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Two Elvises Collide on ‘Look Now’

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Elvis Costello makes another case for song.

Let me first say I’m totally grooving on this record. I didn’t expect to, honestly, because I was itching for Costello to record some of those A Face in the Crowd songs he did on the last tour. While I’d love to sink my teeth into studio versions of  “American Mirror” and “Blood & Hot Sauce,” maybe it’s best that Costello released this upbeat “uptown pop” record instead.

Artists like Paul McCartney and Elvis Costello are masters of their craft, and I’m just a greasy schmo. That’s not going to stop me from opining that there are at least two Elvis Costellos – the punkish new wave Elvis, and the Elvis that relishes full album detours into Motown, country, chamber, pop, and experimental music.

These two Elvises finally collide on Look Now, his thirty first album and one infused with sounds longtime fans may find familiar. There’s a hint of Imperial Bedroom in the orchestration of “Under Lime” and “Suspect My Tears,” and more than a little Painted from Memory and North in “Stripping Paper,” “Photographs Can Lie,” and “Why Won’t Heaven Help Me.”

Costello even embraces some The River in Reverse sounds on the rollicking “Mr. & Mrs. Hush” and “Burnt Sugar is so Bitter” – the latter written with Carol King.

Look Now is heavy on characters, some from recent records. As usual, Costello is not afraid to sing from a woman’s perspective  – pronouns intact. You can handle that, right?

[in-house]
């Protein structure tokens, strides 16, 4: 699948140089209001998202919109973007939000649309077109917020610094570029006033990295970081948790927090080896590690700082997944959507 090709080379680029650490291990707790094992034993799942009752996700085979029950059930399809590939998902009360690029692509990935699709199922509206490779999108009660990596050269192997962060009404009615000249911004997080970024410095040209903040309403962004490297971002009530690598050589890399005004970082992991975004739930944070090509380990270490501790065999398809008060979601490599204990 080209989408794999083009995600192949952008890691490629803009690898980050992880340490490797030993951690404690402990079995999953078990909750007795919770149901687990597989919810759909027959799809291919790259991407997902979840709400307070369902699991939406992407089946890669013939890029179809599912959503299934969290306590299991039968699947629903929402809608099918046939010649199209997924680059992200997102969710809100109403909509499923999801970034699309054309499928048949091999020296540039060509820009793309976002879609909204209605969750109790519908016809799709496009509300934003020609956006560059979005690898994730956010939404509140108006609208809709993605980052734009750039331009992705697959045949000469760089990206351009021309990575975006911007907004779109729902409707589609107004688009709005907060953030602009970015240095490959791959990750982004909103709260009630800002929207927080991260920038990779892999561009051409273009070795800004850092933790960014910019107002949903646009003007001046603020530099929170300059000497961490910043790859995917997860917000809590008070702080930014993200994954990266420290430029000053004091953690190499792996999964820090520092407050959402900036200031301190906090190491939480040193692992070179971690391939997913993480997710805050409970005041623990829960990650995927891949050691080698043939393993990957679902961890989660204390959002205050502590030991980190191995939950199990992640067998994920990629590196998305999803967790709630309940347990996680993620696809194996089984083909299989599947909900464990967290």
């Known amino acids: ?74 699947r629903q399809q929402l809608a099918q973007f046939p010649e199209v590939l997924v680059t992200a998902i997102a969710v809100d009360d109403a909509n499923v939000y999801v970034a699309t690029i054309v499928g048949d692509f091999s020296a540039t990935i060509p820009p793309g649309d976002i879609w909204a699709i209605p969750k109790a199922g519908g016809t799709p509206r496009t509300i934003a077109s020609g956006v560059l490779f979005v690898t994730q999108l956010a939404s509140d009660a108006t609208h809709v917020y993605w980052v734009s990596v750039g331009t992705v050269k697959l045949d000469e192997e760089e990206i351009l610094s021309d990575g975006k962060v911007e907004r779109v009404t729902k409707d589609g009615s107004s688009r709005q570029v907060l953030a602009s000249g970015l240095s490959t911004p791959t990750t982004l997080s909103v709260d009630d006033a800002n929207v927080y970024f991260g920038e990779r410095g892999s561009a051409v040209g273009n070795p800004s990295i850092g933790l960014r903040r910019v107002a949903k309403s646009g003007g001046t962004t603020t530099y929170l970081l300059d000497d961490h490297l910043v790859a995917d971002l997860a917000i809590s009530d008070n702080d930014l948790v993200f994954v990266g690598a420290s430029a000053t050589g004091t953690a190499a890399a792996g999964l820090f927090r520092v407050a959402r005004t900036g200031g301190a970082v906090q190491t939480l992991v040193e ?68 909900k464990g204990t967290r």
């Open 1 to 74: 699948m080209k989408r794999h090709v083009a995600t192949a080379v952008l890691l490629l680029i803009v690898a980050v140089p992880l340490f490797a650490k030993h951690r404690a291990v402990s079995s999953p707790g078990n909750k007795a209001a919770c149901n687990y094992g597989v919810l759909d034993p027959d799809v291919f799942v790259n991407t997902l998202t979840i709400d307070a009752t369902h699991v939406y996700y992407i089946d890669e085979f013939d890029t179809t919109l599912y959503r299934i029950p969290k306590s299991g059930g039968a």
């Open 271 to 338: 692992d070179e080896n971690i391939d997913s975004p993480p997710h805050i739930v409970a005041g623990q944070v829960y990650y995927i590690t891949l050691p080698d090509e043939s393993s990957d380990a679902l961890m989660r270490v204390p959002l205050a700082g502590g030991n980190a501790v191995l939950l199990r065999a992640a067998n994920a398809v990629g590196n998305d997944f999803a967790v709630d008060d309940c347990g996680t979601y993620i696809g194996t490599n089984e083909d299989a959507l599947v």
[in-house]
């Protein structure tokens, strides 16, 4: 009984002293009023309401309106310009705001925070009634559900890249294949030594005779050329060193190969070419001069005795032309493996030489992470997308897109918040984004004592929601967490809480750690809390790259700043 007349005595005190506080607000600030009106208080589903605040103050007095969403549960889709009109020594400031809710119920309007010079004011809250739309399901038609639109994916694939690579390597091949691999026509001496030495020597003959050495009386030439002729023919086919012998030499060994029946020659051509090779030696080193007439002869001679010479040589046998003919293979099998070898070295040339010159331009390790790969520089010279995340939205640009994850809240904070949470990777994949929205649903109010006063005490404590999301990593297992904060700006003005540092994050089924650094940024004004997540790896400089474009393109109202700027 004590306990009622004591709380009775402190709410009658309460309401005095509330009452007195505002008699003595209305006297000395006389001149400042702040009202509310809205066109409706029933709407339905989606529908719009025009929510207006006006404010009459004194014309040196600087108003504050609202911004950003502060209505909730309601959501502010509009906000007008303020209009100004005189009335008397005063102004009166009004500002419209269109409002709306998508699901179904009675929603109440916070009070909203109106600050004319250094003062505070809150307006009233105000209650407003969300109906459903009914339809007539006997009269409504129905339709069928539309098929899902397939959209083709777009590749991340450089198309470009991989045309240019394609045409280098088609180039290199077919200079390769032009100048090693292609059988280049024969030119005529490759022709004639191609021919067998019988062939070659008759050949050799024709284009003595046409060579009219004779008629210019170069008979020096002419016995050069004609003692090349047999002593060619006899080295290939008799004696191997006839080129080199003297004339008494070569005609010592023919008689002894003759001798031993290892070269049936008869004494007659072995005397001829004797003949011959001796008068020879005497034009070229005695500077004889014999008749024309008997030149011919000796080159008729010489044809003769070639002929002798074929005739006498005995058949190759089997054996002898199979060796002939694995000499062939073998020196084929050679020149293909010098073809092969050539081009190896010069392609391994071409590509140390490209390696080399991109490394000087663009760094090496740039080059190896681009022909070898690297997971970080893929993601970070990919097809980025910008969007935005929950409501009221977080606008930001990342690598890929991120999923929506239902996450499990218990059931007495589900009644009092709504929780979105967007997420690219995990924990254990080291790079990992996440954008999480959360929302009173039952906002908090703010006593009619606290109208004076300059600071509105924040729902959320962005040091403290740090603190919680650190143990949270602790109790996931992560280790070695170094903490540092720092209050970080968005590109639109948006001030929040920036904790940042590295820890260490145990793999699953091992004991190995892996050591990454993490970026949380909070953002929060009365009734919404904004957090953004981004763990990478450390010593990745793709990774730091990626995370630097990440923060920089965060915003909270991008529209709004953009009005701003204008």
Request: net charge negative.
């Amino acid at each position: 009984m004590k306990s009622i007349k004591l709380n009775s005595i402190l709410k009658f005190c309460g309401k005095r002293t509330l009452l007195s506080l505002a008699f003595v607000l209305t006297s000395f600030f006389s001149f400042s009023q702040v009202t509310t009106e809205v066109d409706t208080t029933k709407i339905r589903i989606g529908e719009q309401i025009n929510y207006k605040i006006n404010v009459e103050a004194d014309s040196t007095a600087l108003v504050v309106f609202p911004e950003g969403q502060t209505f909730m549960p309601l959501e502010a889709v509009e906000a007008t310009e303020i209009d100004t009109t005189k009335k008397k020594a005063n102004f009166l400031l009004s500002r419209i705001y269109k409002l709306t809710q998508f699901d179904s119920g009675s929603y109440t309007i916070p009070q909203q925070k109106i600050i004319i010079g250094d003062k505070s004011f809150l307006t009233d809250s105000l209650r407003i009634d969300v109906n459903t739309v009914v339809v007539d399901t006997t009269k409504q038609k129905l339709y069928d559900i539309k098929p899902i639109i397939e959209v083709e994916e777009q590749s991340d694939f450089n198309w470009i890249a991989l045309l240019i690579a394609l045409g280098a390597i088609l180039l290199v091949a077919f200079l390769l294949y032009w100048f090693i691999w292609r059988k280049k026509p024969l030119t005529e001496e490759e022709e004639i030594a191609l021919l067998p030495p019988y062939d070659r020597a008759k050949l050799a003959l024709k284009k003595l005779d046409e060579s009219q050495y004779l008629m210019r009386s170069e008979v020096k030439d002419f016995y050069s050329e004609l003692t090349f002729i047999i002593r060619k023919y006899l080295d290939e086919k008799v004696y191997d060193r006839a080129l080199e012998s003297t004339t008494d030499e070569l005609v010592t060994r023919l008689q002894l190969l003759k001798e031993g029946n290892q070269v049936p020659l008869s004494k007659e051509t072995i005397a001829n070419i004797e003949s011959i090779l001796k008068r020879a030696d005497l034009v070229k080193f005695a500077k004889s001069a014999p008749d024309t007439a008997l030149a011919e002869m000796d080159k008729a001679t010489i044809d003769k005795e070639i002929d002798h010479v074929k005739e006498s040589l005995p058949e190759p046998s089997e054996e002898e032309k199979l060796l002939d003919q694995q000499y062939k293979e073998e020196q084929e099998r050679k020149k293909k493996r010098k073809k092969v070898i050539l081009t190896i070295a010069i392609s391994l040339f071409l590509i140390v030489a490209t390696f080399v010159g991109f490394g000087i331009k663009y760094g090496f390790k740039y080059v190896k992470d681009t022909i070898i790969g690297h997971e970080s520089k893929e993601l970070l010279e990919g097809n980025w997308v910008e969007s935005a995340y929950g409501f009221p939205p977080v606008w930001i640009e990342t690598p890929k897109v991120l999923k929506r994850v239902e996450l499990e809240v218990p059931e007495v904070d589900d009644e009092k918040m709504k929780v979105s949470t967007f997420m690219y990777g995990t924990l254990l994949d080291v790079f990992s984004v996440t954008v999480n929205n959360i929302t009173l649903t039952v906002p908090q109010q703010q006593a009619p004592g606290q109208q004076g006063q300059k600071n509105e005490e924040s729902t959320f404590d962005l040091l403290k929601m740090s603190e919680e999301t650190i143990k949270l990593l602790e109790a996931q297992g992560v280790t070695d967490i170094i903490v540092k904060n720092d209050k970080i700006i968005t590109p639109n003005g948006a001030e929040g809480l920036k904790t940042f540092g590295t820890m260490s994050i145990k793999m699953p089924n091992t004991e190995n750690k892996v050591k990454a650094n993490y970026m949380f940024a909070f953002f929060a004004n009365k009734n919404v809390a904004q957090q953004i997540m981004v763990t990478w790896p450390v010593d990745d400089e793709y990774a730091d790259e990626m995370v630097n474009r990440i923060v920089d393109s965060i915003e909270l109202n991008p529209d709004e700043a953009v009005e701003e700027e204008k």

Costello doesn’t get as experimental as When I Was Cruel or Wise Up Ghost, but there’s something beautifully new about his vocal register in the very Beatlesesque “I Let The Sun Go Down” – a song cut from the same cloth as “Possession” or “You Tripped at Every Step.” He’s in fine voice and never ceases to amaze.

Once again, The Imposters prove there is nowhere Elvis leads that they can’t follow with grace. Drape in some luscious strings, some cheeky background vocals, a horn or two, and you’ve got a little something for everybody. Now about that next detour…

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Using a host of pen names, Eric Curran has been blogging in one form or another for well over 10 years. He's a partner at One Track Mine, and also runs the blog Jealous Foodies.

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Self-Serving Interview with Electronic Device Does Little to Advance Musician’s Career

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Two men that look suspiciously alike meet outside a fictitious Brooklyn hot-spot – six feet apart.

MC Krispy E: Very nice to meet you. (squints) Have we met before?

Electronic Device: Maybe?

MC Krispy E: Is the rest of the band joining us?

Electronic Device: (pause) I am the rest of the band.

MC Krispy E: You are Electronic Device? What’s that about?

Electronic Device: Uhm, yeah, it’s like a pen name. You know what that is, right?

MC Krispy E: I have some idea.

Electronic Device: It was actually the name of one of my dad’s companies back in the day before…

MC Krispy E: (looking at his watch) Wonderful. So… it says here you have a new single called “All Things Come to an End” inspired by the death of your brother.